Herein, the word "comprising" should be understood to be non-exhaustive, i.e., to include the possibility that other components or steps are also involved.

Herein, orientation terms such as "horizontal/vertical", "upper/lower" and "upward/downward" should be understood to refer to the aerosol dispenser head oriented in an upright manner as it would be on top of an upright aerosol can with which it is designed for use.

Herein, the "front" of the aerosol dispenser head refers to the face or portion bearing the spray outlet and "rear" refers to the face or portion away from the spray outlet.

Herein, the pressure upon the actuator button which causes downward pressure on the chassis platform may be in any direction, but is typically downward.

Herein, "moulding tools" includes moulds for components.

Herein, the "pre-determined angle of bend" for the flexible spray channel may be from 180.degree. (i.e. straight) to 90.degree. (i.e. bent from vertical at the bottom to horizontal at the terminal end).

The pre-determined angle of bend is preferably less 180.degree., more preferably less than 165.degree. and most preferably less than 150.degree.. For each of these preferences, the pre-determined angle of bend is also preferred to be greater than 90.degree. C.

The actuator button used in accordance with the present invention preferably comprises a keel protruding downwards from its inner surface. This keel functions to transfer pressure on the actuator button into downward pressure upon the platform of the chassis. In preferred embodiments, two such keels may be employed, orientated to equalise the pressure applied on either side of the valve stem of an associated aerosol can. The two keels may be located at an equal distance on either side of the valve stem, along a straight line passing through the valve stem, in order to achieve such pressure equalisation.

The pressure exerted by a keel as described in the above paragraph may be transferred to the chassis platform with the aid of a wall, preferably two walls, projecting upwards from the chassis platform. Such wall or walls can aid in the equalisation of the pressure brought to bear on platform.

The struts attaching the platform of the chassis to the annular ring of the chassis are preferably flexible, in order to ease axial movement of the platform relative to the annular ring. The flexibility in the struts may come from material selection and/or their mechanical design. In preferred embodiments the struts are hinged to aid their flexibility. The struts preferably number from 2 to 8, more preferably from 2 to 4 and most preferably 3.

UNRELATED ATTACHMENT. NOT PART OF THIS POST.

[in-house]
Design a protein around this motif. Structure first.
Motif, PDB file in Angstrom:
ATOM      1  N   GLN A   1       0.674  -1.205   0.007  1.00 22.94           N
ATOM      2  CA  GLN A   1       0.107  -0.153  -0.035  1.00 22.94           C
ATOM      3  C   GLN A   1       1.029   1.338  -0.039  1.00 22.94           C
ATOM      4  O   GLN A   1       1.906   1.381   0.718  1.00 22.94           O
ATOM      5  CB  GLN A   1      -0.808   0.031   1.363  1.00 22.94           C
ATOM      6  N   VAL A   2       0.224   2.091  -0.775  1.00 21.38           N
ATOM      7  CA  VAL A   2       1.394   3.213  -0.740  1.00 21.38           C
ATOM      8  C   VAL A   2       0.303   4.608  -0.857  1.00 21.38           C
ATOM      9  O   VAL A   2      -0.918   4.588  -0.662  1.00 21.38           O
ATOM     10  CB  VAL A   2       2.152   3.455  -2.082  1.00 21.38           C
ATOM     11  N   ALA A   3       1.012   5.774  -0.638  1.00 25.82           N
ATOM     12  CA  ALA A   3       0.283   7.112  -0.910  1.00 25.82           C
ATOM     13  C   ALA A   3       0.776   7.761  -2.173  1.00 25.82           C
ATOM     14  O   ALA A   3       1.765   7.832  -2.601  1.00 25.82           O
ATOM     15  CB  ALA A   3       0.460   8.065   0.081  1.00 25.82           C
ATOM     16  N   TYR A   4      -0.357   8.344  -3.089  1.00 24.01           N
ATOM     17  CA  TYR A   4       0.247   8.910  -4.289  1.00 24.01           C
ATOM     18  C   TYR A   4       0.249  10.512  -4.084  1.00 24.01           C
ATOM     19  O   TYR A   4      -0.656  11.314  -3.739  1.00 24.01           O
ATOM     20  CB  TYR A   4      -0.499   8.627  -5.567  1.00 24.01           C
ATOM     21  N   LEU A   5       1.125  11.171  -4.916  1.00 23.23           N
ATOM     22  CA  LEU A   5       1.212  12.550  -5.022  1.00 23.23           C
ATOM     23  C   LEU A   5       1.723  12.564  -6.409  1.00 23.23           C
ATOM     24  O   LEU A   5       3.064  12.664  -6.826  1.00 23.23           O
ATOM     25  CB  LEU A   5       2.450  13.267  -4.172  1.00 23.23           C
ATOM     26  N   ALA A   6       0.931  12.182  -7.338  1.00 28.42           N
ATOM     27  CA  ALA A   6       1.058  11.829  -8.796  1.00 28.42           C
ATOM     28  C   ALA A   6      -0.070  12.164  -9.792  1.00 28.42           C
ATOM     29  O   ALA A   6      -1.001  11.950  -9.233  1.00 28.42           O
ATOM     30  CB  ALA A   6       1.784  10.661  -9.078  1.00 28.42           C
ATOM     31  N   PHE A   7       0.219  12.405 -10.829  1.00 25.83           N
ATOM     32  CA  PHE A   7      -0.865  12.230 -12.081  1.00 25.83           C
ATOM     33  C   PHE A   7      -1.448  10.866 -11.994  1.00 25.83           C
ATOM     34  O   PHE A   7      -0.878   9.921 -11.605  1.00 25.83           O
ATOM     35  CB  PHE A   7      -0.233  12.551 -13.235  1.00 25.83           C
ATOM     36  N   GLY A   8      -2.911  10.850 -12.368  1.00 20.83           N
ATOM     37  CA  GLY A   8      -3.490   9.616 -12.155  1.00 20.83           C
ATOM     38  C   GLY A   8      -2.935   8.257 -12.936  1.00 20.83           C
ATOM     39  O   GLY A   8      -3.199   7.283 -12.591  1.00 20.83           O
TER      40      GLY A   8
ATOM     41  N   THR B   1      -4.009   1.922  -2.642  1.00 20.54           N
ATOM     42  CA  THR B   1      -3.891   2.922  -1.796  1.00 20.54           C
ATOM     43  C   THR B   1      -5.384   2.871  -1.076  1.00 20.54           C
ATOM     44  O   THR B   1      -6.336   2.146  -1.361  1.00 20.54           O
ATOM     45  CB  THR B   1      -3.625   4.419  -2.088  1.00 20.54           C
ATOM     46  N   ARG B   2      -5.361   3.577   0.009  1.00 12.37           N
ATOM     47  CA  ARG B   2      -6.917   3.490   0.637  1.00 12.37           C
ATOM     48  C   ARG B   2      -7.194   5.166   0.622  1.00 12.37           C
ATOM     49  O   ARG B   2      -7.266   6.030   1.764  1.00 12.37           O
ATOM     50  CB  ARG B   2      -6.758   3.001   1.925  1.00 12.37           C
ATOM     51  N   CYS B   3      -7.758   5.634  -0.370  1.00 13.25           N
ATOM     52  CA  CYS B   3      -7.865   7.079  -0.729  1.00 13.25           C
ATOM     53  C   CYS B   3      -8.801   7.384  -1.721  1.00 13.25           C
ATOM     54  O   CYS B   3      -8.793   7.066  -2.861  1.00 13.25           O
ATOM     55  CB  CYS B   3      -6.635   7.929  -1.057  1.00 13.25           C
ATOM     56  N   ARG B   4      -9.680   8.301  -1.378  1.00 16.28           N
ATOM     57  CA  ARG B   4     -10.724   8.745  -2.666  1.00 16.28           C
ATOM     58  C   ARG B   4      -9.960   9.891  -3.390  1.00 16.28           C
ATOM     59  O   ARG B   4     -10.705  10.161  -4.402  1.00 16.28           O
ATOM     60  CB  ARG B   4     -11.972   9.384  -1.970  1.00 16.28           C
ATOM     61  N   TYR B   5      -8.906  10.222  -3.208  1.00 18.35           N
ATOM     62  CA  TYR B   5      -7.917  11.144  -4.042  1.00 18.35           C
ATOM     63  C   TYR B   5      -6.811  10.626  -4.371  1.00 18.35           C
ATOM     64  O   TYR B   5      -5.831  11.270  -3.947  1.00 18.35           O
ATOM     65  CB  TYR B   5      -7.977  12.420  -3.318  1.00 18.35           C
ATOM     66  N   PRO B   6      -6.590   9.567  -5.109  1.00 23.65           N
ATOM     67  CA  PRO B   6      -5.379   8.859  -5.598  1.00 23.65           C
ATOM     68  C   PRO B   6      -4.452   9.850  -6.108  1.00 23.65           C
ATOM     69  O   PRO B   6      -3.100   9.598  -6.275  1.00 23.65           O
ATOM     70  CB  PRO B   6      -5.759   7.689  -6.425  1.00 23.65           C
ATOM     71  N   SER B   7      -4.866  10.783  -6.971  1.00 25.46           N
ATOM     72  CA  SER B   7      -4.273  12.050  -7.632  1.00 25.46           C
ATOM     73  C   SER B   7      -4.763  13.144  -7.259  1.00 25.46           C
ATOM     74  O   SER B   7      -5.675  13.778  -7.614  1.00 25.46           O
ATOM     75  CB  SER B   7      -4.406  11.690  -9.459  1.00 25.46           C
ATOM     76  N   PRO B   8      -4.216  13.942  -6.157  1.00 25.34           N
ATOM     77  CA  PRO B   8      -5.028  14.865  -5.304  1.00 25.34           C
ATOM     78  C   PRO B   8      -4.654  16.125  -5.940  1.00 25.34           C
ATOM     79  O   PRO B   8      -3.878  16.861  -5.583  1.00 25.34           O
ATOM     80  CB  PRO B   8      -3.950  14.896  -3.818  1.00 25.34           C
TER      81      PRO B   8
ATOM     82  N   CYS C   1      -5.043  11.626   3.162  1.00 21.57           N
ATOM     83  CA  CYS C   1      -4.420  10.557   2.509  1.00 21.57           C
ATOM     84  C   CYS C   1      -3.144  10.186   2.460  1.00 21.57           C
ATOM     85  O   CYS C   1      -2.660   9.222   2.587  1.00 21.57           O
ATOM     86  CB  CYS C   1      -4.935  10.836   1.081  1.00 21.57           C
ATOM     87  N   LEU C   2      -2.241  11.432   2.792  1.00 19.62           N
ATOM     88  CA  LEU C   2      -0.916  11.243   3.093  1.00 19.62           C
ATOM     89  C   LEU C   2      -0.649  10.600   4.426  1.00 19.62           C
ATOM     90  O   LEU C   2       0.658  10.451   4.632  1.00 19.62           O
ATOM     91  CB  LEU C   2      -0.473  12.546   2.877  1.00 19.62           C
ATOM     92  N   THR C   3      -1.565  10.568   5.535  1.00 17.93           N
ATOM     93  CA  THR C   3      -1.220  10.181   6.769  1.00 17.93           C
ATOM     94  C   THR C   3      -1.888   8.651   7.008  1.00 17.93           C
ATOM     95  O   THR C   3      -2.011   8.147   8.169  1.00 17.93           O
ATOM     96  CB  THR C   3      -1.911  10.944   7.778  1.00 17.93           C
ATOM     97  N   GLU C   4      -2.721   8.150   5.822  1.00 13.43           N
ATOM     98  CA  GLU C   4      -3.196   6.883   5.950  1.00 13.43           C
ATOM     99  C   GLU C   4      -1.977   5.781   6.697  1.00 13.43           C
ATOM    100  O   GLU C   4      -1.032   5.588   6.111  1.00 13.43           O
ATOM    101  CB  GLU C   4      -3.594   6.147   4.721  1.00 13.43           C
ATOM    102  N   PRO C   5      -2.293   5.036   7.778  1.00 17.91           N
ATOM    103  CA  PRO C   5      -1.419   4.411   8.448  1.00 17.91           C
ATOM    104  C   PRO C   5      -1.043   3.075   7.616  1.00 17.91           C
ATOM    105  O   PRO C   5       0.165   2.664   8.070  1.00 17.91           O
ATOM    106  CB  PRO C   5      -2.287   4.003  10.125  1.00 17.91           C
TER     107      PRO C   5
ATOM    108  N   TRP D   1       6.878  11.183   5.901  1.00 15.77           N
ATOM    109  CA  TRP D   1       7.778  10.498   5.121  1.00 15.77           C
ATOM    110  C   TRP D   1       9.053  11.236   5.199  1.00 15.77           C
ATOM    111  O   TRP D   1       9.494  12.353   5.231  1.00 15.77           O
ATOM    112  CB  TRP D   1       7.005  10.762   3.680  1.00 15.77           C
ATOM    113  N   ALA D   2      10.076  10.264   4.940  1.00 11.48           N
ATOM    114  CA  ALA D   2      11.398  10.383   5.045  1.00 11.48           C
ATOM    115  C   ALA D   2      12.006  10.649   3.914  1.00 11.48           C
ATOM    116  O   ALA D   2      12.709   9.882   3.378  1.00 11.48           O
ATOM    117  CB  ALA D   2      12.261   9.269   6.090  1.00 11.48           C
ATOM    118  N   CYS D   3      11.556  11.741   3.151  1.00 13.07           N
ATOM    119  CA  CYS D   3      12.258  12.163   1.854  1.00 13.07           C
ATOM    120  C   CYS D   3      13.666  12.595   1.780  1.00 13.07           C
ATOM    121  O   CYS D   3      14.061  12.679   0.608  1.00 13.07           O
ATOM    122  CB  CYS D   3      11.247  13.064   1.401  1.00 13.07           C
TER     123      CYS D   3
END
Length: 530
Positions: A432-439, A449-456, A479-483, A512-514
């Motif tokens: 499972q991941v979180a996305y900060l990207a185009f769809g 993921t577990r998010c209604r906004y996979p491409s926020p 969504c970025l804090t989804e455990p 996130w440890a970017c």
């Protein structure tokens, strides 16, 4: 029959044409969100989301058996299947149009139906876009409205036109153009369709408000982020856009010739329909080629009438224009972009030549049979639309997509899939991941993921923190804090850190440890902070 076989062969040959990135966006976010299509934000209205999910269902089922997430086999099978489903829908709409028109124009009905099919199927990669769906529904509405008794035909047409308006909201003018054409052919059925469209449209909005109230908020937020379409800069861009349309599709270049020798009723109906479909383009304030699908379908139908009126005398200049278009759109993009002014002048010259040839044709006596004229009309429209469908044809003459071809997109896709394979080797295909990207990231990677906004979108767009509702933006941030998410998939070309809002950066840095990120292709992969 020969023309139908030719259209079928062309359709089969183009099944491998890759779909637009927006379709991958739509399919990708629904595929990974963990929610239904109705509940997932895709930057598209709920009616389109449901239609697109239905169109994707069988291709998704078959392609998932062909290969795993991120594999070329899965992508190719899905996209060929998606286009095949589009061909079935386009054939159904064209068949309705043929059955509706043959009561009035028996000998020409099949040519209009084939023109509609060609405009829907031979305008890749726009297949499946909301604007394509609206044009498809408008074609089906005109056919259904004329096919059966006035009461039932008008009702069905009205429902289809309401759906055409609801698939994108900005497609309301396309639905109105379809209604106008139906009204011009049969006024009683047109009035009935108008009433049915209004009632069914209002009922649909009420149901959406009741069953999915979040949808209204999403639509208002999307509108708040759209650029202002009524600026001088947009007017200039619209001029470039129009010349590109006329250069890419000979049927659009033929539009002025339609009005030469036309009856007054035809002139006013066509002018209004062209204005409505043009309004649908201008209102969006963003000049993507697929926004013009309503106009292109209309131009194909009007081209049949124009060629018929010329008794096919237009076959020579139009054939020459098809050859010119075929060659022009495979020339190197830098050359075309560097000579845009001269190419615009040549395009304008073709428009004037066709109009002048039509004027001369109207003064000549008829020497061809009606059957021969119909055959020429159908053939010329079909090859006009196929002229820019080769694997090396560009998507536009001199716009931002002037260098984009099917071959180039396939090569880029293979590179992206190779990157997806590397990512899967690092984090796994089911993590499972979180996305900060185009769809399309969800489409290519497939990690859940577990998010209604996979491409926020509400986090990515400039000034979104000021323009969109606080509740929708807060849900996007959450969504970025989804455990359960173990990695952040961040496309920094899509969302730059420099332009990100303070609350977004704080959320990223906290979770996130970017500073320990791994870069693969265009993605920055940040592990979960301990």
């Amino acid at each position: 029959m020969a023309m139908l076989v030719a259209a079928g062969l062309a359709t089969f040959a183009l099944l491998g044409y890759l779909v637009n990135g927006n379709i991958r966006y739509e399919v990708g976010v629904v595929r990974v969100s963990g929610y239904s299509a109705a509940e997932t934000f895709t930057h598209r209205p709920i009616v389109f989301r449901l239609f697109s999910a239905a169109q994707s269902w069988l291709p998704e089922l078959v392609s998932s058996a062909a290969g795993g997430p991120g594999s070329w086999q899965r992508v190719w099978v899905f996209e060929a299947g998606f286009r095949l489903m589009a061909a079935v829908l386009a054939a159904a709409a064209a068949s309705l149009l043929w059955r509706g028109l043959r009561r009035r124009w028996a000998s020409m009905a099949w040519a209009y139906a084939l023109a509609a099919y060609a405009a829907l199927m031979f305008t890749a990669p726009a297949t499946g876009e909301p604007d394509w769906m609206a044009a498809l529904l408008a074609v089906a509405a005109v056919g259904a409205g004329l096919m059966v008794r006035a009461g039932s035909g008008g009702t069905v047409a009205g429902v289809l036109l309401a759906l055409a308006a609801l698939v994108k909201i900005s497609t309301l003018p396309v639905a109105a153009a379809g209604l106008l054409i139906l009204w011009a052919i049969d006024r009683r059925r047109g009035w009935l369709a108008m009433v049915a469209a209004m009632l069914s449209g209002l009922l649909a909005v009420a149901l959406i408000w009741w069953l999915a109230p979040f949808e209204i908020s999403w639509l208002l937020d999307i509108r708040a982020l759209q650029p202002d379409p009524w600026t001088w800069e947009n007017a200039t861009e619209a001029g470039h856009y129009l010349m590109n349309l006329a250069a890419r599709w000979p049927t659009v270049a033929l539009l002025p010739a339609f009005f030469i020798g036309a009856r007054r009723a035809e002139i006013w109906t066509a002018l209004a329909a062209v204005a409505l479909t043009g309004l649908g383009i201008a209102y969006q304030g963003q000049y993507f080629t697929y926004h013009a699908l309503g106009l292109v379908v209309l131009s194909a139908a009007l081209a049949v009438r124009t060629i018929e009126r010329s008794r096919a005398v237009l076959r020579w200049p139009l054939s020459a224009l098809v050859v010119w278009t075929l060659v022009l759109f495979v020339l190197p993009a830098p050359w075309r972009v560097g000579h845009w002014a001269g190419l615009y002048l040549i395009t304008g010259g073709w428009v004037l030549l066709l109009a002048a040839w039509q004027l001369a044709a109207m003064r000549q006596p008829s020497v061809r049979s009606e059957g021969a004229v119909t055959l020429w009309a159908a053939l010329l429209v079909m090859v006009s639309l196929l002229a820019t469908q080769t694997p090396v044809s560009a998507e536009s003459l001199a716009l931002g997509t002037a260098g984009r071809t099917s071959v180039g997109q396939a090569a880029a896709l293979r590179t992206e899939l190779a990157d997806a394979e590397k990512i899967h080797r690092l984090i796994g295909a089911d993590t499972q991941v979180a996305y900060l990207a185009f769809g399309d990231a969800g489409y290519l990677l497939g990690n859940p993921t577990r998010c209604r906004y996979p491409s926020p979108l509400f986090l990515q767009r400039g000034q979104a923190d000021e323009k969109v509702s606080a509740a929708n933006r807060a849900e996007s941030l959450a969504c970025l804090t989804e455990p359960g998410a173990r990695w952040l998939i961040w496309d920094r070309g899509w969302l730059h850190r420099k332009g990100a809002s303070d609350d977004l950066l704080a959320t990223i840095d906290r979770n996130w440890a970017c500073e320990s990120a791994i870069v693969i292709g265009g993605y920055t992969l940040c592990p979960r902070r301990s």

The components of the actuator cap are typically made from plastic. The spray-through cap and chassis may be made from polypropylene, as may the spray channel. The swirl chamber, if employed, is typically made using a spray insert preferably made from acetal.

The method of assembly described above as the "third aspect of the invention" involves the spray-through cap being attached to the chassis before the assembly thereby generated is attached to the aerosol can. Typically, the means for attachment of the assembly to the aerosol can comprises attachment means on the chassis; this typically attaching to a valve cup of the aerosol can.

In a preferred preliminary step of the method of assembly, the flexible spray channel is moulded in a straight vertical orientation and is subsequently bent to a pre-determined angle of less than 180.degree. and secured at such angle by the retaining feature of the chassis. This method allows for easy moulding of the chassis and flexibility in the final chassis design, allow post-moulding bending of the spray channel to accommodate the particular spray-through cap chosen. A preferred and advantageous feature of above preliminary step of the method of assembly is that the flexible spray channel is moulded in one piece together with the other components of the chassis.

The method of assembly preferably includes the combination of the components described in the above paragraph with a locking collar. In such methods, a portion of the annular ring of the chassis is preferably pushed upwards through a partial annular gap in the locking collar before the chassis is attached to the aerosol can.

In preferred methods of assembly including combination with a locking collar, a portion of the annular ring of the chassis is pushed upwards through the partial annular gap in the locking collar before the spray-through cap is attached to the chassis.

The features described with reference to the following specific embodiments may be incorporated independently into the generic description given above and/or as given in the claims.

FIG. 1 is a pre-assembly view of a chassis (1) of an aerosol dispenser head suitable for use in accordance with the present invention. The chassis (1) has its spray channel (6) in vertical orientation in this Figure.

FIG. 2 is a vertical cross-section of the chassis (1) as in FIG. 1, the cross-section being midway along the long axis of the oblong platform (4) and orthogonal thereto.

FIG. 3 is similar to FIG. 2, but with the flexible spray channel (6) bent over and the hook feature (8) thereof held by the retaining feature (9) and with the oblong platform (4) being positioned ready for actuation.

FIG. 4 is a view of a locking collar (13) suitable for use with the chassis (1) illustrated in FIGS. 1 to 3.

FIG. 5 is a view of the chassis (1) as illustrated in FIG. 1 and the locking collar (13) as illustrated in FIG. 4, the locking collar being positioned to prevent depression of the oblong platform (4).